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Link Between Learning and Sleep
Tuesday, June 17, 2014
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A recent article on The Guardian examines research in mice that suggests sleep may aid memory and learning by promoting the formation of new nerve cell connections.

In “Sleep May Help Memories Form by Promoting New Synapses,” author Mo Costandi synthesizes research reported in the June 2014 issue of Science magazine.

Costandi writes, “We know that learning and memory involve the modification of synapses, the connections between nerve cells, but it wasn’t entirely clear how sleep aids memory consolidation.”

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However, Wenbiao Gan of the Langone Medical Center at New York University trained mice to run backwards or forwards on a rotating rod, then left some of them to sleep while keeping the rest awake. The experiments showed that the neurons that were activated during learning of the task were reactivated during sleep.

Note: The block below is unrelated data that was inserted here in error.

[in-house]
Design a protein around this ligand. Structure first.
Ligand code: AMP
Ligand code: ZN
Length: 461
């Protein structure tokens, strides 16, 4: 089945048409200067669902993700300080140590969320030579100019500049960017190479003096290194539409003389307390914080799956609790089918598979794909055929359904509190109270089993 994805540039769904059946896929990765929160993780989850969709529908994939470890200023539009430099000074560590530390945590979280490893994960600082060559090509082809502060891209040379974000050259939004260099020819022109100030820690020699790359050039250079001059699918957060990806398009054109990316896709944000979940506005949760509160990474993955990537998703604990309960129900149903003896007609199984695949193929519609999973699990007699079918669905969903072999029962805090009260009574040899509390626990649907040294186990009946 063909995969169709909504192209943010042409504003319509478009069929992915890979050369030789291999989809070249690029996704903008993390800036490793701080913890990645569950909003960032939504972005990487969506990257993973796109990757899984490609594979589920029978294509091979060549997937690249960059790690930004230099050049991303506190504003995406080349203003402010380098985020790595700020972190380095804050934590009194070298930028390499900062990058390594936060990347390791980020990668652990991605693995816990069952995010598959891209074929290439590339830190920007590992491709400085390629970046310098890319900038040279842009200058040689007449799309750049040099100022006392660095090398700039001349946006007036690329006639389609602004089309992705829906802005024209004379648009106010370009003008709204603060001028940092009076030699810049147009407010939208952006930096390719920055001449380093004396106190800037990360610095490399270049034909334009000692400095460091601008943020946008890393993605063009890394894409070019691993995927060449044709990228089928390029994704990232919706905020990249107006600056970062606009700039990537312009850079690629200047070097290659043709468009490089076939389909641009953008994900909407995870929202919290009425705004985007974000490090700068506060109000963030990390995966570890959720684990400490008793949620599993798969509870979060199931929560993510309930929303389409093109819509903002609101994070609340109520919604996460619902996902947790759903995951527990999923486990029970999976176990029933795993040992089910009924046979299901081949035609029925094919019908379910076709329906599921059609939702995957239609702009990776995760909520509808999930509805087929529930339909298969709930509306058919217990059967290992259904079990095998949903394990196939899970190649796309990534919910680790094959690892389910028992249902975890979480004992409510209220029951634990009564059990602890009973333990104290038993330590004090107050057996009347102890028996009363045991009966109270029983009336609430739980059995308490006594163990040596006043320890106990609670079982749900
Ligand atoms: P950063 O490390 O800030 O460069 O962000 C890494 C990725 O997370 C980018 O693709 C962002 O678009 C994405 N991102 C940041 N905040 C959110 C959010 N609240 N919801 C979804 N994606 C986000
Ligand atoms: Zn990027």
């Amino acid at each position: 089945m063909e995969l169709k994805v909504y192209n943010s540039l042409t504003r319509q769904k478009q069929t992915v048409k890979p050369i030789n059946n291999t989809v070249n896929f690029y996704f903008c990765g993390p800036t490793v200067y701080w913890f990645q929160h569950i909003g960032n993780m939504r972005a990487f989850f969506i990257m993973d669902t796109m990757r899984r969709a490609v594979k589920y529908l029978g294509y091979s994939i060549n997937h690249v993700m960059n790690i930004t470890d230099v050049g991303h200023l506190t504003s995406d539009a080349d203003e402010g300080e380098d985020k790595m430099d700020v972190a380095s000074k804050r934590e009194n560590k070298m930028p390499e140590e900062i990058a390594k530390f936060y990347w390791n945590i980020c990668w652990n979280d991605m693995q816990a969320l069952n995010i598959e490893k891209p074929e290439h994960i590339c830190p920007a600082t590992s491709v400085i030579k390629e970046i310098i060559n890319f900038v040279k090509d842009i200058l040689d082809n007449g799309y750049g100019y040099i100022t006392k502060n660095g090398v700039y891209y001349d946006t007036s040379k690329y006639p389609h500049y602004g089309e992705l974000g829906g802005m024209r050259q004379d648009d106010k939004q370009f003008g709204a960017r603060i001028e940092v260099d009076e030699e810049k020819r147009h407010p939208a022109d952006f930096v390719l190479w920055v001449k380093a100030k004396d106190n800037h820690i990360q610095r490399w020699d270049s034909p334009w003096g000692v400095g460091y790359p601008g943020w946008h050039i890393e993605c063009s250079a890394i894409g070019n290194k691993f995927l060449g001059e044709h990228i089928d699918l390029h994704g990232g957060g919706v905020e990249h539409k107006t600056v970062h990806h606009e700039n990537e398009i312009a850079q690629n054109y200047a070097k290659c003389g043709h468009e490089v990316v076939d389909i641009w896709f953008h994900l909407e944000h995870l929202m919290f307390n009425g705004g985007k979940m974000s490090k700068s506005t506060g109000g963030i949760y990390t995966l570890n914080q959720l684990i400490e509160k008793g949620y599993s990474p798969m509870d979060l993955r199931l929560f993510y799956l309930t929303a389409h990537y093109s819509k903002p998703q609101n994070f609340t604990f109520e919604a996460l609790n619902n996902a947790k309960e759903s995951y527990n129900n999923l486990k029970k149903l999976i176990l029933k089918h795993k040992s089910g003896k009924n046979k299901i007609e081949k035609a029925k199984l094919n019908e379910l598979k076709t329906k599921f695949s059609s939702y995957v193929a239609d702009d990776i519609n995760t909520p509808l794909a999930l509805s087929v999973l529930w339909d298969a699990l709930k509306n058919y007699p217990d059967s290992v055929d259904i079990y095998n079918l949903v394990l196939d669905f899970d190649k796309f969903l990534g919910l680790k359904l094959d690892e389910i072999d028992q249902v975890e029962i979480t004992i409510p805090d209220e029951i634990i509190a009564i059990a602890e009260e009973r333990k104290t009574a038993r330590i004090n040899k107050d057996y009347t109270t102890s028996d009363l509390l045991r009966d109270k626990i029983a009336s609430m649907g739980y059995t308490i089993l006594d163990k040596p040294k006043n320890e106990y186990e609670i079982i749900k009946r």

So, perhaps it would be a good idea to remind trainees to go home and sleep after a full day of learning. 

For more details on the study, read the complete article, “Sleep May Help Memories Form by Promoting New Synapses.”

About the Author

Ryann K. Ellis is an editor for the Association of Talent Development (ATD). She has been covering workplace learning and performance for ATD (formerly the American Society for Training & Development) since 1995. She currently manages ATD's Community of Practice blogs, as well as ATD's government-focused magazine, The Public Manager. Contact her at rellis@td.org. 

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